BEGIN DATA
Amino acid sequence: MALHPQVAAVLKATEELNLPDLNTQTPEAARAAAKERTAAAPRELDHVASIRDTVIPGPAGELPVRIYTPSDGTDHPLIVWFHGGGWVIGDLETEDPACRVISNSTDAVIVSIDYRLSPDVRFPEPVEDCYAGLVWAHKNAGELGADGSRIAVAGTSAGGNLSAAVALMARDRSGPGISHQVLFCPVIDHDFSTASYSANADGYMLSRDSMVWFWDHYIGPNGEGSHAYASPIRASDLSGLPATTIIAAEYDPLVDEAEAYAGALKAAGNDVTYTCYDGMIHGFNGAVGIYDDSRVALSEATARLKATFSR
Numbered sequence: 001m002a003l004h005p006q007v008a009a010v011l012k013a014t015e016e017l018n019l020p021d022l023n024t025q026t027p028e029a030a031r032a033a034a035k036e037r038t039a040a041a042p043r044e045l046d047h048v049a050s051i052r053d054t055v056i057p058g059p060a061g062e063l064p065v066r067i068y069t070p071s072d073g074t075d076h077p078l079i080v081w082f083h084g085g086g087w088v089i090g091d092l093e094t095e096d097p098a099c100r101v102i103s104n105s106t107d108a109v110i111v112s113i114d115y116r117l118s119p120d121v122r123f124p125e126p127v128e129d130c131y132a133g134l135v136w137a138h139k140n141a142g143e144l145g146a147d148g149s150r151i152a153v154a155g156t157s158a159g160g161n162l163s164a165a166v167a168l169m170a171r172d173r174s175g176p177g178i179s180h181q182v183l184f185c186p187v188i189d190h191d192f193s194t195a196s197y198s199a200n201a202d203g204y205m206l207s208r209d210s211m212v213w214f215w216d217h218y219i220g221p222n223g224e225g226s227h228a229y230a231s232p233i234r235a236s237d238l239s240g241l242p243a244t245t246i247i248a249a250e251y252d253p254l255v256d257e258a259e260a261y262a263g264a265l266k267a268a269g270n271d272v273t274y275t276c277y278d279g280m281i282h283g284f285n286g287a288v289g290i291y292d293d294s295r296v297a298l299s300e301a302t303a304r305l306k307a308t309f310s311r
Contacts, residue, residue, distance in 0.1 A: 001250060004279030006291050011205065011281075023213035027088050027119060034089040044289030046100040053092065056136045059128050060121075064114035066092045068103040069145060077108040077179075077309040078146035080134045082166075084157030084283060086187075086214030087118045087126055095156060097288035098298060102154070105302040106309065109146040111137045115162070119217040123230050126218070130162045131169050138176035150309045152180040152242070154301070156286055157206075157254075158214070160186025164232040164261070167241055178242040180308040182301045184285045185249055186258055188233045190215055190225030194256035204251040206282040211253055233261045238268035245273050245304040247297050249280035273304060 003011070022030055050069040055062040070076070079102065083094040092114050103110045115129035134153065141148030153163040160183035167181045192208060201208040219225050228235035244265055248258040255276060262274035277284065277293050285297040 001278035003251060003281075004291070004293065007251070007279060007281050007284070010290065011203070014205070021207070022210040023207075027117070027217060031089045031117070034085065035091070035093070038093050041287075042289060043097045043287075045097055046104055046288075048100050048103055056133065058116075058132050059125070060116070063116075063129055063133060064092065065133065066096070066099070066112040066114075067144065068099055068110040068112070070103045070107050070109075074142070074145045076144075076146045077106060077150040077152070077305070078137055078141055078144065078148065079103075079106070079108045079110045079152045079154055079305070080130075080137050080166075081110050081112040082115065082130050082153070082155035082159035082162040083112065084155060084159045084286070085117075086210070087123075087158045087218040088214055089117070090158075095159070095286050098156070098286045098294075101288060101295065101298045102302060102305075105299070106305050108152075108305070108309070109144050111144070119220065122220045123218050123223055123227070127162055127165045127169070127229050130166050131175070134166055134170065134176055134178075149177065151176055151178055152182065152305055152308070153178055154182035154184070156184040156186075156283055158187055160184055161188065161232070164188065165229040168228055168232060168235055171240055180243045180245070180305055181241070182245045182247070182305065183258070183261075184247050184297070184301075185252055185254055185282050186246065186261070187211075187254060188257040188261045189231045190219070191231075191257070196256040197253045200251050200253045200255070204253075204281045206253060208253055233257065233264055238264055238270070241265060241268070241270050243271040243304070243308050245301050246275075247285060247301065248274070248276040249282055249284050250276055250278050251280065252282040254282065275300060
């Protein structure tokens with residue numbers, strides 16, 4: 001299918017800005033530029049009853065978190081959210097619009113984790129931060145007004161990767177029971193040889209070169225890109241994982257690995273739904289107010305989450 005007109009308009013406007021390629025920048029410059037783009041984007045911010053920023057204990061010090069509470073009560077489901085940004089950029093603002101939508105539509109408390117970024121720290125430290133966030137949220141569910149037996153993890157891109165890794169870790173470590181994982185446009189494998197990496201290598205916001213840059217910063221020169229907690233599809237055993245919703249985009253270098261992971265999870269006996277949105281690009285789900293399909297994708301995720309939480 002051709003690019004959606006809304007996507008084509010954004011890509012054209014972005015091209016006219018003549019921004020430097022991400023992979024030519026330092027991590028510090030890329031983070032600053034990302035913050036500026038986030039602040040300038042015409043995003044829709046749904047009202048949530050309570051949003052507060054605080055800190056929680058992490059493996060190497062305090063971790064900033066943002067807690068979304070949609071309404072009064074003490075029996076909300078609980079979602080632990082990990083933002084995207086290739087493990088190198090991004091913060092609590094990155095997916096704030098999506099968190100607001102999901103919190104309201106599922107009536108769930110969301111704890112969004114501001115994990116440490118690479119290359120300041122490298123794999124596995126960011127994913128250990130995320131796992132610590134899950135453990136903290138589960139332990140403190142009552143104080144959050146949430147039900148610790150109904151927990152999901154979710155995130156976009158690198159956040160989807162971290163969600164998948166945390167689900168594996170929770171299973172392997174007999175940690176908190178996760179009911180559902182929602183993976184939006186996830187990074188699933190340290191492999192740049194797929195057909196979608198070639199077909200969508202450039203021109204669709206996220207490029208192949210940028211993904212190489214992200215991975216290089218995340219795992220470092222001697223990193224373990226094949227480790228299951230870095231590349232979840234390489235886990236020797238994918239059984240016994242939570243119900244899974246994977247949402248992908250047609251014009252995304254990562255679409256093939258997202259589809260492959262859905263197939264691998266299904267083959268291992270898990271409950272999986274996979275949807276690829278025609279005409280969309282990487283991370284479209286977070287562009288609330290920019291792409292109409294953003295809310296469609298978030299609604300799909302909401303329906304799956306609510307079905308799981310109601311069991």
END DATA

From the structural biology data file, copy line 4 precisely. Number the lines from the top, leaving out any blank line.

């Protein structure tokens with residue numbers, strides 16, 4: 001299918017800005033530029049009853065978190081959210097619009113984790129931060145007004161990767177029971193040889209070169225890109241994982257690995273739904289107010305989450 005007109009308009013406007021390629025920048029410059037783009041984007045911010053920023057204990061010090069509470073009560077489901085940004089950029093603002101939508105539509109408390117970024121720290125430290133966030137949220141569910149037996153993890157891109165890794169870790173470590181994982185446009189494998197990496201290598205916001213840059217910063221020169229907690233599809237055993245919703249985009253270098261992971265999870269006996277949105281690009285789900293399909297994708301995720309939480 002051709003690019004959606006809304007996507008084509010954004011890509012054209014972005015091209016006219018003549019921004020430097022991400023992979024030519026330092027991590028510090030890329031983070032600053034990302035913050036500026038986030039602040040300038042015409043995003044829709046749904047009202048949530050309570051949003052507060054605080055800190056929680058992490059493996060190497062305090063971790064900033066943002067807690068979304070949609071309404072009064074003490075029996076909300078609980079979602080632990082990990083933002084995207086290739087493990088190198090991004091913060092609590094990155095997916096704030098999506099968190100607001102999901103919190104309201106599922107009536108769930110969301111704890112969004114501001115994990116440490118690479119290359120300041122490298123794999124596995126960011127994913128250990130995320131796992132610590134899950135453990136903290138589960139332990140403190142009552143104080144959050146949430147039900148610790150109904151927990152999901154979710155995130156976009158690198159956040160989807162971290163969600164998948166945390167689900168594996170929770171299973172392997174007999175940690176908190178996760179009911180559902182929602183993976184939006186996830187990074188699933190340290191492999192740049194797929195057909196979608198070639199077909200969508202450039203021109204669709206996220207490029208192949210940028211993904212190489214992200215991975216290089218995340219795992220470092222001697223990193224373990226094949227480790228299951230870095231590349232979840234390489235886990236020797238994918239059984240016994242939570243119900244899974246994977247949402248992908250047609251014009252995304254990562255679409256093939258997202259589809260492959262859905263197939264691998266299904267083959268291992270898990271409950272999986274996979275949807276690829278025609279005409280969309282990487283991370284479209286977070287562009288609330290920019291792409292109409294953003295809310296469609298978030299609604300799909302909401303329906304799956306609510307079905308799981310109601311069991």